/ in Challenges, Know Your Moths by Marek
Face fronting photo of a Caddis Fly
80 shots split in two for stacking and stitched together

This post has nothing whatsoever to do with my sons coding ability but focuses entirely on other insects and lifeforms attracted to our moth trap at night.

One of the frequent and sometimes numerous visitors to the trap are caddis flies of which there are thousands of different species.

Most of the larger caddis flies, like the one illustrated, are easily recognisable by the length of their antennae which is normally comparable to their body size.

Some of the micro varieties however can easily be mistaken for moths and it is only when you have taken pictures and produced the final image that they can then be disregarded.

The small pond situated next to the moth house is almost certainly the culprit for the visits but at some of the locations we have trapped away from home the numbers have been much larger due to the proximity of rivers and lakes.

Another frequent visitor is the Lacewing which we don’t normally find in the trap itself but on the inside of the moth house.

It is only when you look at them in detail that you realise how appropriate their name really is.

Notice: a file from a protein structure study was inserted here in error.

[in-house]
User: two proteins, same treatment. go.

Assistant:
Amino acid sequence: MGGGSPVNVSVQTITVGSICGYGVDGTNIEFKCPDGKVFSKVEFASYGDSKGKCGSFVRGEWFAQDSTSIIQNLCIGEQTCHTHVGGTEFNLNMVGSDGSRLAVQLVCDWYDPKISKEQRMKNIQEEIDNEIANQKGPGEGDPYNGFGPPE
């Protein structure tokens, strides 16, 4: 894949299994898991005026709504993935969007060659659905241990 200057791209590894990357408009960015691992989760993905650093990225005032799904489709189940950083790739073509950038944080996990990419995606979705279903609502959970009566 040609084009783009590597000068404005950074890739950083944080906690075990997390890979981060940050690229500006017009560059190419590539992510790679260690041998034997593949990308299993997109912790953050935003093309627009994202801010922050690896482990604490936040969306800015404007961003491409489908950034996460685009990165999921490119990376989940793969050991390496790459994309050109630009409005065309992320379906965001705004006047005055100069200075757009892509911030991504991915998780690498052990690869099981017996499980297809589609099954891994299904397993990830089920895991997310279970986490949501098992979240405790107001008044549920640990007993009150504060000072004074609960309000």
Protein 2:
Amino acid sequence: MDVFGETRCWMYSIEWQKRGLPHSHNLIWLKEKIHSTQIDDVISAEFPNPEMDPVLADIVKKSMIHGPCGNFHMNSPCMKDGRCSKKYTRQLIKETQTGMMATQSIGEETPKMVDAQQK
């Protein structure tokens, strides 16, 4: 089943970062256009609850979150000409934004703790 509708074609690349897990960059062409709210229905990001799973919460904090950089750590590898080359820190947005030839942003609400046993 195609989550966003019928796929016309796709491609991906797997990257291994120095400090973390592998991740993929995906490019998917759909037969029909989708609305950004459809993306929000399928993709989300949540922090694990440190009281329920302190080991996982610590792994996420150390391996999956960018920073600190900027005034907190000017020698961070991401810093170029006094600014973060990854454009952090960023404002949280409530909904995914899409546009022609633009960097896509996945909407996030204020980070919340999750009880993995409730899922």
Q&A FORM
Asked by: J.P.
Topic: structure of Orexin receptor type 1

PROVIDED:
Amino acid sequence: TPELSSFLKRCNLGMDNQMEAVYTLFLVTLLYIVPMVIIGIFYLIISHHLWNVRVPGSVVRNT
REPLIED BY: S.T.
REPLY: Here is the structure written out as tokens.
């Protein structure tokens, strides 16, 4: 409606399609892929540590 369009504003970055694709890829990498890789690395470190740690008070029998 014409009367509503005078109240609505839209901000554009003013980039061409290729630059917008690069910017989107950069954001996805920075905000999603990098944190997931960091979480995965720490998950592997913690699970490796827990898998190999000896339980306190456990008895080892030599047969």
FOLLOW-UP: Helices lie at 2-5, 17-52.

Close up side shot of a Green Lacewing
Well laced

Most insects attracted to the trap such as flies, beetles etc are easily identifiable so are removed and released during normal trap investigation.

It is the micro insects where we must take a much closer look as it is impossible to initially determine what exactly they are with the naked eye.

This is where macro photography comes into its own and introduces you to a world where tiny creatures suddenly begin to take form in a myriad of shape and colour.

Although our focus is primarily on moths it is difficult not to spend time on some of these amazing life forms.

Close up side shot of a Caddis Fly
You always could see straight through me.

Although most visitors to the trap are innocuous there are a few that make you think twice about touching them in any way.

There are of course wasps which hidden in the recesses of an egg box incautiously removed for inspection could easily give one a nasty sting.

Spiders are another frequent visitor regardless of how diligent you are to remove them and their webs each morning from the trap and moth house.

The trouble with spiders is that they don’t really care if their prey is a rare migrant as they seem quite partial to foreign food.

The list of visitors is quite large and would exceed my page limit but some others worth mentioning are drain flies, lady birds and parasitic wasps.

Parasitic wasps although harmless to humans are not a friend to moths as the females lay their eggs inside a live insect's body cavity their favourite host being caterpillars.

Either way harmless of not I don’t much like the looks of them so handle them with care when releasing.

Close up top down shot of a parasitic wasp
How’s that for a sting in the tail